Grammar can cause problems when we’re writing.

Some people still like to refer to arcane rules that were taught to them in the dim and distant past. They refuse to understand that usage of language changes over time. (Don’t get me wrong – I’m not trying to excuse poor use of language or ignoring grammar rules. Rules are there for a reason. But sometimes we use them to tie ourselves in knots.)

So, what are the rules when we’re trying to work out how to communicate?

Well, that depends.

There are lots of books to reference when checking how to use grammar.

One area that constantly seems to infuriate people is apostrophes.

Generally they’re fairly simple to use (if you write for a living).

But then you get the odd thing that causes consternation.

Laura Waddell spotted a really badly-placed apostrophe on a sign in her local Waitrose, so she popped it up on Twitter.

It looked like this:

Apostrophes Twitter 1

Which is pretty poor.

It reminded me of a traffic sign where I live that had a misplaced apostrophe on it. So I shared it on Laura’s post:

Apostrophes Twitter 2

I thought the sign was incorrect and didn’t need the apostrophe.

95% of people who saw it on Twitter laughed and enjoyed the joke.

Apostrophes Twitter 3

However, couple of people said they thought the sign did need the apostrophe.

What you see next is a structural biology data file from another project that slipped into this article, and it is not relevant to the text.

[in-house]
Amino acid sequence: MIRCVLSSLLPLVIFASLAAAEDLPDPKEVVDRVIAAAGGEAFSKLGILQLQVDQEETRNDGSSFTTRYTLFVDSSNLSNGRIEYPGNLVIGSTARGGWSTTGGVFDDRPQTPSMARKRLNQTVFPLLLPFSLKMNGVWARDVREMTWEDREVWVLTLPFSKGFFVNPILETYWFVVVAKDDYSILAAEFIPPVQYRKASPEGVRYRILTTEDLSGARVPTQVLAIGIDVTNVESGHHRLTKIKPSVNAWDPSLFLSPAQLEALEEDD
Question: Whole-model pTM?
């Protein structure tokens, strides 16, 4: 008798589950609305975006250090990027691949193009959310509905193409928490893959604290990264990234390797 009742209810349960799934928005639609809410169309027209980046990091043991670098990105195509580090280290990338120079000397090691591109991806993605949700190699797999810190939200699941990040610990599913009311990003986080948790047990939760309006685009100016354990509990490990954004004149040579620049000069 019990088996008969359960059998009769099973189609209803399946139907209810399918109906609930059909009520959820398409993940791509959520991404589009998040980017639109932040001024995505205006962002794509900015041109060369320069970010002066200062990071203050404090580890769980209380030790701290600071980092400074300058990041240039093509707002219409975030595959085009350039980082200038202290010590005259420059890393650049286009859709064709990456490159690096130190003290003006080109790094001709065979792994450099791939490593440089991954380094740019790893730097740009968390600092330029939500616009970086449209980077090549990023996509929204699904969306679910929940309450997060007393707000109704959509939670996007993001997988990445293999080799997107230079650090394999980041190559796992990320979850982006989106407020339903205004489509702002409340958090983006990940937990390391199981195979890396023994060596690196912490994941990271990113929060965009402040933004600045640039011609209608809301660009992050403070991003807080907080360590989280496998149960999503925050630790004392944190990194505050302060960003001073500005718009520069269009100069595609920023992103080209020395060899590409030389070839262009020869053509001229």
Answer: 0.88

So I got out my Chicago Manual of Style, The Economist Style Guide and Fowler’s Modern English Usage and had a look. I couldn’t find any reference to using apostrophes in plurals of initialisms. Seems (from a pretty deep Google search) that it was taught in schools a long time ago. However, I’m no spring chicken and I don’t ever remember it being mentioned at school.

Which leads me on to the fact that language evolves. If you read something from many years ago the language used can seem odd. (Same thing happens if you read the Daily Mail – you start thinking it’s 1917.) I think we need to move with changing usage and adapt how we write.

Even though some people on Twitter had a meltdown about the fact that the sign is (supposedly) correct with an apostrophe, I’d still argue that it’s wrong.

The purpose of the sign is to communicate clearly and simply that HGVs should turn right. In most people’s eyes that means no apostrophe. There’s no misunderstanding if you omit the apostrophe. So let’s ask it to do one.

In amongst all the debate, I did love Banana Armour’s response:

Apostrophes twitter 4

I guess what I’m saying is that a grammar debate can be a bit dull. But always remember the point is to communicate.

And it’s best to do that simply, while avoiding complicated words, in a manner that your reader is comfortable with.

The Economist has a fantastic style guide. It gives insights and solutions to things few people would give time to thinking about. And they refer the reader to George Orwell’s six rules for writing (from Politics and the English Language). The sixth of which reads:

Break any of these rules sooner than say anything outright barbarous.

To my mind, using an apostrophe in the HGV sign is just plain wrong. To use Orwell’s phrase, it seems barbarous to me. It seems to go against the commonly-held understanding of how apostrophes work. And I’d go further to argue that if professional writers are disagreeing over this, then we need to do something to simplify usage before we all disappear up our own backsides.

Say no to apostrophes for HGVs.

P.S. I do get that it’s just a sign and regardless of the position of the apostrophe HGV drivers will most likely ignore it anyway.